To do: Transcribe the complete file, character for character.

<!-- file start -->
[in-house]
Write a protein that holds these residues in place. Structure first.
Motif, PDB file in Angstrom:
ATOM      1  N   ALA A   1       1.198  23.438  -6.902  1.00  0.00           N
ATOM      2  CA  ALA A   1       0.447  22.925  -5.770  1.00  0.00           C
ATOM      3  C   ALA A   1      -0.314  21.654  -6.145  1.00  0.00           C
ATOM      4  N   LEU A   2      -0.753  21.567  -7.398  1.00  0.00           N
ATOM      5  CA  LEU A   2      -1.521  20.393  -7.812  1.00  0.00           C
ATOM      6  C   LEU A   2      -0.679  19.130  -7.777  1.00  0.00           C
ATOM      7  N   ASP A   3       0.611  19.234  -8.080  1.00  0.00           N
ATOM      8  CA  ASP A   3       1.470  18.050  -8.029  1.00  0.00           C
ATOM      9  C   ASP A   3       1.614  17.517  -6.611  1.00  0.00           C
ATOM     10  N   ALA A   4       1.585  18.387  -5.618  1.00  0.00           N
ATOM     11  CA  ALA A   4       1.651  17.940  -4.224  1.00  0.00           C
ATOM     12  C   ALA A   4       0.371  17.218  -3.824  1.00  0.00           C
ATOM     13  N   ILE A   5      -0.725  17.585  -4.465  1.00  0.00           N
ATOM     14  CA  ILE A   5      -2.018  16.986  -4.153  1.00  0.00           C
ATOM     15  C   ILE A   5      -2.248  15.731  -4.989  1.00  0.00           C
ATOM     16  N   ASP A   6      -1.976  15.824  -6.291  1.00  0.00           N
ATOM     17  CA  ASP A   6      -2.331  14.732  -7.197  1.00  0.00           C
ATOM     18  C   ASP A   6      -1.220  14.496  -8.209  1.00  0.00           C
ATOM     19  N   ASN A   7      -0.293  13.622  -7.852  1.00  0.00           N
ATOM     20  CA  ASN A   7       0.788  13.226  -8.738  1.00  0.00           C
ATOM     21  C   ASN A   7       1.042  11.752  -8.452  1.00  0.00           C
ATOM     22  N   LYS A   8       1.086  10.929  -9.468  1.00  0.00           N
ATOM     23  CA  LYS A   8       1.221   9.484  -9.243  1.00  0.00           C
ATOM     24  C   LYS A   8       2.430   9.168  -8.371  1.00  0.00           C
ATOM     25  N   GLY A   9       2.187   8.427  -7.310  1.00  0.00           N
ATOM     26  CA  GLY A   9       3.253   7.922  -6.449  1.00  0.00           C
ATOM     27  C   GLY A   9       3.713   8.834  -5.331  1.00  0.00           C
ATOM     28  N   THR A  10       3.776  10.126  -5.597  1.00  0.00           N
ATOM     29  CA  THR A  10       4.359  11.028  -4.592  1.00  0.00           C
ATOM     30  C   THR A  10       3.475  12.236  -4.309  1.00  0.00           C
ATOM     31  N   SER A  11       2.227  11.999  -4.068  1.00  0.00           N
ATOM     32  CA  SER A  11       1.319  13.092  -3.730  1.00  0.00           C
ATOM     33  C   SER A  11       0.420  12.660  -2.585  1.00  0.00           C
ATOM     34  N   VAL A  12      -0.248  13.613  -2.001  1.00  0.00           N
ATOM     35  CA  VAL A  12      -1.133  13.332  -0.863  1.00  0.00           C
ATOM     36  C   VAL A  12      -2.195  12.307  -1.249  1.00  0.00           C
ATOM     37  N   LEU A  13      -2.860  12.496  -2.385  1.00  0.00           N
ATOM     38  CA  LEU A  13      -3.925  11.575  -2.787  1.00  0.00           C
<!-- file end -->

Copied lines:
[in-house]
Write a protein that holds these residues in place. Structure first.
Motif, PDB file in Angstrom:
ATOM      1  N   ALA A   1       1.198  23.438  -6.902  1.00  0.00           N
ATOM      2  CA  ALA A   1       0.447  22.925  -5.770  1.00  0.00           C
ATOM      3  C   ALA A   1      -0.314  21.654  -6.145  1.00  0.00           C
ATOM      4  N   LEU A   2      -0.753  21.567  -7.398  1.00  0.00           N
ATOM      5  CA  LEU A   2      -1.521  20.393  -7.812  1.00  0.00           C
ATOM      6  C   LEU A   2      -0.679  19.130  -7.777  1.00  0.00           C
ATOM      7  N   ASP A   3       0.611  19.234  -8.080  1.00  0.00           N
ATOM      8  CA  ASP A   3       1.470  18.050  -8.029  1.00  0.00           C
ATOM      9  C   ASP A   3       1.614  17.517  -6.611  1.00  0.00           C
ATOM     10  N   ALA A   4       1.585  18.387  -5.618  1.00  0.00           N
ATOM     11  CA  ALA A   4       1.651  17.940  -4.224  1.00  0.00           C
ATOM     12  C   ALA A   4       0.371  17.218  -3.824  1.00  0.00           C
ATOM     13  N   ILE A   5      -0.725  17.585  -4.465  1.00  0.00           N
ATOM     14  CA  ILE A   5      -2.018  16.986  -4.153  1.00  0.00           C
ATOM     15  C   ILE A   5      -2.248  15.731  -4.989  1.00  0.00           C
ATOM     16  N   ASP A   6      -1.976  15.824  -6.291  1.00  0.00           N
ATOM     17  CA  ASP A   6      -2.331  14.732  -7.197  1.00  0.00           C
ATOM     18  C   ASP A   6      -1.220  14.496  -8.209  1.00  0.00           C
ATOM     19  N   ASN A   7      -0.293  13.622  -7.852  1.00  0.00           N
ATOM     20  CA  ASN A   7       0.788  13.226  -8.738  1.00  0.00           C
ATOM     21  C   ASN A   7       1.042  11.752  -8.452  1.00  0.00           C
ATOM     22  N   LYS A   8       1.086  10.929  -9.468  1.00  0.00           N
ATOM     23  CA  LYS A   8       1.221   9.484  -9.243  1.00  0.00           C
ATOM     24  C   LYS A   8       2.430   9.168  -8.371  1.00  0.00           C
ATOM     25  N   GLY A   9       2.187   8.427  -7.310  1.00  0.00           N
ATOM     26  CA  GLY A   9       3.253   7.922  -6.449  1.00  0.00           C
ATOM     27  C   GLY A   9       3.713   8.834  -5.331  1.00  0.00           C
ATOM     28  N   THR A  10       3.776  10.126  -5.597  1.00  0.00           N
ATOM     29  CA  THR A  10       4.359  11.028  -4.592  1.00  0.00           C
ATOM     30  C   THR A  10       3.475  12.236  -4.309  1.00  0.00           C
ATOM     31  N   SER A  11       2.227  11.999  -4.068  1.00  0.00           N
ATOM     32  CA  SER A  11       1.319  13.092  -3.730  1.00  0.00           C
ATOM     33  C   SER A  11       0.420  12.660  -2.585  1.00  0.00           C
ATOM     34  N   VAL A  12      -0.248  13.613  -2.001  1.00  0.00           N
ATOM     35  CA  VAL A  12      -1.133  13.332  -0.863  1.00  0.00           C
ATOM     36  C   VAL A  12      -2.195  12.307  -1.249  1.00  0.00           C
ATOM     37  N   LEU A  13      -2.860  12.496  -2.385  1.00  0.00           N
ATOM     38  CA  LEU A  13      -3.925  11.575  -2.787  1.00  0.00           C